Normally you are only allowed a single feeder to a building. it seems likely given your description of the situation that you have more than one.

Load calculations are based on the requirements for such calculations found in article 220.

No offense, but I am kind of afraid to even offer suggestions given your level of competence. You might end up making it worse just from not knowing what questions to ask, and what is important.

Personally I like the idea of just shutting off the A/C compressor while the elevator is starting. It has simplicity going for it. But as another poster mentioned it might create problems with the A/C motor and allowed starts. If the elevator is used a lot you might end up with little or no A/C.

#2 copper is good for 115 A depending on what type of insulation it has. My suspicion is that it is AL which is only good for 90 A. that would kind of make sense given the load and the distance the conductor runs.
I agree with your assessment of my level of competence. I have extensive electronics training but the technicalities of the electrician field is not part of that training, so no offense taken. I've certainly appreciated the responses so far also. Someone mentioned putting a fan on the breaker and that is what I did until I was able to get the air flow moving like it should through the panel room. These are old buildings, remodeled many times and the ductwork is a mess.

There are two feeders to the building in question, one comes straight from the switchgear building (13.2KV) to a transformer for the 208 power but the hvac and elevator are fed from another building across the street which has 460vac.
 

petersonra

Senior Member
Location
Northern illinois
Occupation
engineer
There are two feeders to the building in question, one comes straight from the switchgear building (13.2KV) to a transformer for the 208 power but the hvac and elevator are fed from another building across the street which has 460vac.
That kind of makes sense.

I wonder why they did not just set another xfmr in there instead of running 480 from another building? Not that it matters much at this point. Probably to save a buck or two.

About the only thing you can do is up size the breaker to the max allowed for the wire you have. But I am not thrilled with the idea of suggesting you do it given that you could potentially kill yourself trying it due to lack of knowledge on how to do so in a safe way. Not knowing how to do it right might also cause you to do it wrong in a catastrophic way that might not kill you but might create serious damage.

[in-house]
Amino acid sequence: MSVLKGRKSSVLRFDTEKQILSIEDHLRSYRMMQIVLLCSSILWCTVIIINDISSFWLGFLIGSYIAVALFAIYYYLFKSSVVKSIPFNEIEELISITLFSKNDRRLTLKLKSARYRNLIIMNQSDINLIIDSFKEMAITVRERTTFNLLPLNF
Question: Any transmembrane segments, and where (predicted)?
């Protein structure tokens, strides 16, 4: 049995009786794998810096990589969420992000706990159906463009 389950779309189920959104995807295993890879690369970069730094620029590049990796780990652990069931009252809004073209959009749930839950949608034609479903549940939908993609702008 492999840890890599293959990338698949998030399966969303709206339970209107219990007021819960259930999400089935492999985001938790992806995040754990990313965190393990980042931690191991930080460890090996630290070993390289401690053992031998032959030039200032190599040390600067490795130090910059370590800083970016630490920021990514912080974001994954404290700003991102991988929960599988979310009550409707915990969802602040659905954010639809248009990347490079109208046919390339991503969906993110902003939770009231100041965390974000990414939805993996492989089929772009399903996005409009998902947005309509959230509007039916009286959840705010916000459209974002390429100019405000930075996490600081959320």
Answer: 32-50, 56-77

Ingenieur

Senior Member
Location
Earth
The elevator and hvac are on the same breaker but the hvac serves the entire 3 story 70+ yr old building. This is also the OI&T building and when the hvac system stops that old building heats up fast.

I'll add the building power is 120 and 208. That's why the 460 had to be brought in from the nearby building. This is the VA, there is no rhyme or reason to why they do things the way they do.
pretty sure this an NEC and A17 violation
 

petersonra

Senior Member
Location
Northern illinois
Occupation
engineer
pretty sure this an NEC and A17 violation
That would have been my guess. But I wonder if what he meant was that they are on the same feeder, and not the same branch circuit.

It's still a code violation if you don't have adequately sized feeders.

There is so very little we know about this installation from what he is telling us.
 

Jraef

Moderator
Staff member
Location
San Francisco Bay Area, CA, USA
Occupation
Electrical Engineer
It's an NEC violation for the disconnecting means of an elevator circuit to be disconnected by any other means than the elevator system. In fact you cannot even run the HVAC for the elevator on the same branch circuit of an elevator, it must have it's own branch circuit. So if that breaker is the only OCPD in the elevator system, then it is the BRANCH OCPD for the elevator and that alone disallows the use of that same circuit to be used by both systems. If on the other hand the 70A breaker is a FEEDER, not a branch OCPD, then there must be branch OCPDs somewhere down stream of this 70A breaker for BOTH the elevator AND the HVAC. If so, but it is the FEEDER that is tripping, not the branch OCPDs, then something was incorrectly sized.
 

RobertKLR

Member
Location
Texas
I really appreciate the comments and there has been some good advice in them. I've summarized some of the comments in an email to the chief engineer and safety director. I then went to the union and requested they also push for a contractor to assess the situation.